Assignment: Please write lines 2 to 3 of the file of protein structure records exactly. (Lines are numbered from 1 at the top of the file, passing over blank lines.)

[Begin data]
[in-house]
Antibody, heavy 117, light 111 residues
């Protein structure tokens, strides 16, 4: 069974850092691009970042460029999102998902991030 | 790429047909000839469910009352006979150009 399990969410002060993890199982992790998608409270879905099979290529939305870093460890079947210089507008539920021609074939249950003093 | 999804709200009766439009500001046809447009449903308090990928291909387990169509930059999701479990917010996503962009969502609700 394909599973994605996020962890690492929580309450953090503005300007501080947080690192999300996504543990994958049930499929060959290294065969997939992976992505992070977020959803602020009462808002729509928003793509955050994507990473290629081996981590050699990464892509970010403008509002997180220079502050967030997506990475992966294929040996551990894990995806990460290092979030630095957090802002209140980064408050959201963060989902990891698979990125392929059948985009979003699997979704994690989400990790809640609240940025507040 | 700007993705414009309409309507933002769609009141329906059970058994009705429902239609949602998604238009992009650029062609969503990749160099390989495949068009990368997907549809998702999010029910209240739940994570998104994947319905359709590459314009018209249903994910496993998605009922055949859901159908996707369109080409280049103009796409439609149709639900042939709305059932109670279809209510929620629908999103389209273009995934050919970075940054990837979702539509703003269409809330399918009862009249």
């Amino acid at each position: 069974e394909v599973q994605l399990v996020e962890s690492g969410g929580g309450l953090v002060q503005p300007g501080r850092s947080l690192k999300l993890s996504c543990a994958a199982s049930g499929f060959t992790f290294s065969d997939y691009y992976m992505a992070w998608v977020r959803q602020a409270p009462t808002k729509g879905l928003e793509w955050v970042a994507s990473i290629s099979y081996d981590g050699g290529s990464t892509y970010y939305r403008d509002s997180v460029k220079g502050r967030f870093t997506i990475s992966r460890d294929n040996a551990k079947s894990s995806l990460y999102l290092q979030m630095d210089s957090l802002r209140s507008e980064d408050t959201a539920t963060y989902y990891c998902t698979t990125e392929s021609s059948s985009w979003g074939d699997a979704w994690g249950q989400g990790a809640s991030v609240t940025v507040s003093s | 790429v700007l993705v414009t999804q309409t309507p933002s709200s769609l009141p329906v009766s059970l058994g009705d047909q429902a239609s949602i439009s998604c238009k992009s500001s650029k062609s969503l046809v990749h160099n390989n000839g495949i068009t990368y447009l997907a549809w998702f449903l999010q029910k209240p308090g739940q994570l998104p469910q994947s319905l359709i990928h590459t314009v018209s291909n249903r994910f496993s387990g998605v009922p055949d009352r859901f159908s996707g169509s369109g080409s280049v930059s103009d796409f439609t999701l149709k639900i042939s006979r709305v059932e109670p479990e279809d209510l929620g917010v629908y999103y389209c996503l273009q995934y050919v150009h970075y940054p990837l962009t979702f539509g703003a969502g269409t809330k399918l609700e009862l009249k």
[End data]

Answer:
Antibody, heavy 117, light 111 residues
């Protein structure tokens, strides 16, 4: 069974850092691009970042460029999102998902991030 | 790429047909000839469910009352006979150009 399990969410002060993890199982992790998608409270879905099979290529939305870093460890079947210089507008539920021609074939249950003093 | 999804709200009766439009500001046809447009449903308090990928291909387990169509930059999701479990917010996503962009969502609700 394909599973994605996020962890690492929580309450953090503005300007501080947080690192999300996504543990994958049930499929060959290294065969997939992976992505992070977020959803602020009462808002729509928003793509955050994507990473290629081996981590050699990464892509970010403008509002997180220079502050967030997506990475992966294929040996551990894990995806990460290092979030630095957090802002209140980064408050959201963060989902990891698979990125392929059948985009979003699997979704994690989400990790809640609240940025507040 | 700007993705414009309409309507933002769609009141329906059970058994009705429902239609949602998604238009992009650029062609969503990749160099390989495949068009990368997907549809998702999010029910209240739940994570998104994947319905359709590459314009018209249903994910496993998605009922055949859901159908996707369109080409280049103009796409439609149709639900042939709305059932109670279809209510929620629908999103389209273009995934050919970075940054990837979702539509703003269409809330399918009862009249």